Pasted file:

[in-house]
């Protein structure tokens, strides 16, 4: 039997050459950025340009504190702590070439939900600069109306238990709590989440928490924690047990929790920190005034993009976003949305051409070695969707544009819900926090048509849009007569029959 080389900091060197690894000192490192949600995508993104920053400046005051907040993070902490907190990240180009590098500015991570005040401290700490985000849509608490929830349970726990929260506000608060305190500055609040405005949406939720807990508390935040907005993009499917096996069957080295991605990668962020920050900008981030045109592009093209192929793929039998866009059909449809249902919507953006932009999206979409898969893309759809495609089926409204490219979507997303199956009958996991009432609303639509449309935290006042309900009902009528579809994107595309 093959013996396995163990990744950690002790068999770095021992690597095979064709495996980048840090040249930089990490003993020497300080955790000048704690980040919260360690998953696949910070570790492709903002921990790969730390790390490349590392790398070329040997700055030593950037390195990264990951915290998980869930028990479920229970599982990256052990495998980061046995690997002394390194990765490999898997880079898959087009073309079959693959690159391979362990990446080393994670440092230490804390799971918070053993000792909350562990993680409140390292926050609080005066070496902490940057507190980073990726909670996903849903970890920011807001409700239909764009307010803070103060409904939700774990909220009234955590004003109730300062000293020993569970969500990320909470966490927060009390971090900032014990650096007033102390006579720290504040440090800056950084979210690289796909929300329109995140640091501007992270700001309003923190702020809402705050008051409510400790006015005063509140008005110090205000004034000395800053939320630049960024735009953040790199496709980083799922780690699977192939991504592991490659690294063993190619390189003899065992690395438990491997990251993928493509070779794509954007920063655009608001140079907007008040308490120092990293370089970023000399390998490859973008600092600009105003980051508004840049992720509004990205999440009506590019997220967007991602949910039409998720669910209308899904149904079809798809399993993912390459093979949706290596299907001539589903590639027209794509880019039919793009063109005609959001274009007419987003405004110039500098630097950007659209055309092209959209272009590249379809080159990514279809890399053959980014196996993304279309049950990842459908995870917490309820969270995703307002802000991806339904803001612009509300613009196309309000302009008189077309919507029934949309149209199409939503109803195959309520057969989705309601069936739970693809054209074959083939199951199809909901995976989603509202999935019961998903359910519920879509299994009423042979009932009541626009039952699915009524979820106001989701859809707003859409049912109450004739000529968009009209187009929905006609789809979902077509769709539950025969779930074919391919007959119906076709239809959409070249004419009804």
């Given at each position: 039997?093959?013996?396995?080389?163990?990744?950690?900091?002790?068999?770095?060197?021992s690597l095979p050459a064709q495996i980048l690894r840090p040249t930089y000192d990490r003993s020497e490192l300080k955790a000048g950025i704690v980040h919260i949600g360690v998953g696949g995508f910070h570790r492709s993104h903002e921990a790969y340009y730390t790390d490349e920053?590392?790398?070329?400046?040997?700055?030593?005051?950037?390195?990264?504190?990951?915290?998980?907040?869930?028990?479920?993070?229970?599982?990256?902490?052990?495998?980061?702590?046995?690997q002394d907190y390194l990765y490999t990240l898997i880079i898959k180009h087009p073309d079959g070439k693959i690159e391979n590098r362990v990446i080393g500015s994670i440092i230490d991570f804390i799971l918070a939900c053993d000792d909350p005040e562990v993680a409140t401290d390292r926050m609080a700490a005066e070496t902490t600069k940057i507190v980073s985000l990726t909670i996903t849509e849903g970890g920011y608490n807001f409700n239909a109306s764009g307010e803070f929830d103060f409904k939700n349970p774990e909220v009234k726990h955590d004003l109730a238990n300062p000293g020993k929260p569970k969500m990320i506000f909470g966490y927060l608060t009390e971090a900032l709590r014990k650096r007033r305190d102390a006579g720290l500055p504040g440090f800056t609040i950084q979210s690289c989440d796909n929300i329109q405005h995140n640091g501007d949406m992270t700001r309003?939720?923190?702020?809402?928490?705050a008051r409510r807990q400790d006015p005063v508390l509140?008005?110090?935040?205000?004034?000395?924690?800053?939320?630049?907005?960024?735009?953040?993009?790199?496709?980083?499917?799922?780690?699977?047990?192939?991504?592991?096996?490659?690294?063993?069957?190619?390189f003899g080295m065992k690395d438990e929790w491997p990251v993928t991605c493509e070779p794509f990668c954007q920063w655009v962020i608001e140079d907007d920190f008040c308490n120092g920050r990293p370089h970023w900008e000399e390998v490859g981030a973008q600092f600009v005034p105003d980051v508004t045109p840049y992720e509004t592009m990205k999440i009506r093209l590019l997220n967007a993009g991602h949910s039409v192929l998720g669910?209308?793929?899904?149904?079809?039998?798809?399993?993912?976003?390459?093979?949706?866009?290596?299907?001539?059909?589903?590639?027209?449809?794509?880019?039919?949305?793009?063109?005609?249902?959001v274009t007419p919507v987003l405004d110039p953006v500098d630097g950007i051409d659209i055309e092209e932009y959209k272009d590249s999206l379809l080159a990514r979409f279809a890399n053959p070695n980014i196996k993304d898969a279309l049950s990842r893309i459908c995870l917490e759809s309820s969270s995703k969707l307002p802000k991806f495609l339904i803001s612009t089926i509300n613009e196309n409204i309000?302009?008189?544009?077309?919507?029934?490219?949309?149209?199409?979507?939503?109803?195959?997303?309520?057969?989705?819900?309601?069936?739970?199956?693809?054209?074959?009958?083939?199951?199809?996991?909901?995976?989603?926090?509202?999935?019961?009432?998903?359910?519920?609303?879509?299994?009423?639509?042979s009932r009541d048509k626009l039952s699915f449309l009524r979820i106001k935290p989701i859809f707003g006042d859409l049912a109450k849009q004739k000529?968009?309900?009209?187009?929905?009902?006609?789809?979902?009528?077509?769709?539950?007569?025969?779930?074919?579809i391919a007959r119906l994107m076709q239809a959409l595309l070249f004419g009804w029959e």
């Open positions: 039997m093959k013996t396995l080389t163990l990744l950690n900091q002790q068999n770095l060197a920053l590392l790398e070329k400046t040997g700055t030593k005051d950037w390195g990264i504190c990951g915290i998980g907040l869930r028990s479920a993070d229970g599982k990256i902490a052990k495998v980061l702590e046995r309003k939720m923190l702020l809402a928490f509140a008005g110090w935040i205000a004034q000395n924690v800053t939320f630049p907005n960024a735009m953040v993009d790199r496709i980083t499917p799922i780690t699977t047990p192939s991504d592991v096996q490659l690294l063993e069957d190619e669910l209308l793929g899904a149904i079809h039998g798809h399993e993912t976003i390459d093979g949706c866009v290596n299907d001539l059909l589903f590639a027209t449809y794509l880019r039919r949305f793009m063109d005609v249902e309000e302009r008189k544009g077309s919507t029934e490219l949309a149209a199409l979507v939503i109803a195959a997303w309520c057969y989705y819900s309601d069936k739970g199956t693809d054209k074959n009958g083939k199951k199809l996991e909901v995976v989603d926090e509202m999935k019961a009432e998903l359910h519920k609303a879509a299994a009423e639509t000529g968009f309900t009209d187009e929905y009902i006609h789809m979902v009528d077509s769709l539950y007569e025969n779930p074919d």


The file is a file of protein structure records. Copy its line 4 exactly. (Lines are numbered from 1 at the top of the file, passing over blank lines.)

């Open positions: 039997m093959k013996t396995l080389t163990l990744l950690n900091q002790q068999n770095l060197a920053l590392l790398e070329k400046t040997g700055t030593k005051d950037w390195g990264i504190c990951g915290i998980g907040l869930r028990s479920a993070d229970g599982k990256i902490a052990k495998v980061l702590e046995r309003k939720m923190l702020l809402a928490f509140a008005g110090w935040i205000a004034q000395n924690v800053t939320f630049p907005n960024a735009m953040v993009d790199r496709i980083t499917p799922i780690t699977t047990p192939s991504d592991v096996q490659l690294l063993e069957d190619e669910l209308l793929g899904a149904i079809h039998g798809h399993e993912t976003i390459d093979g949706c866009v290596n299907d001539l059909l589903f590639a027209t449809y794509l880019r039919r949305f793009m063109d005609v249902e309000e302009r008189k544009g077309s919507t029934e490219l949309a149209a199409l979507v939503i109803a195959a997303w309520c057969y989705y819900s309601d069936k739970g199956t693809d054209k074959n009958g083939k199951k199809l996991e909901v995976v989603d926090e509202m999935k019961a009432e998903l359910h519920k609303a879509a299994a009423e639509t000529g968009f309900t009209d187009e929905y009902i006609h789809m979902v009528d077509s769709l539950y007569e025969n779930p074919d």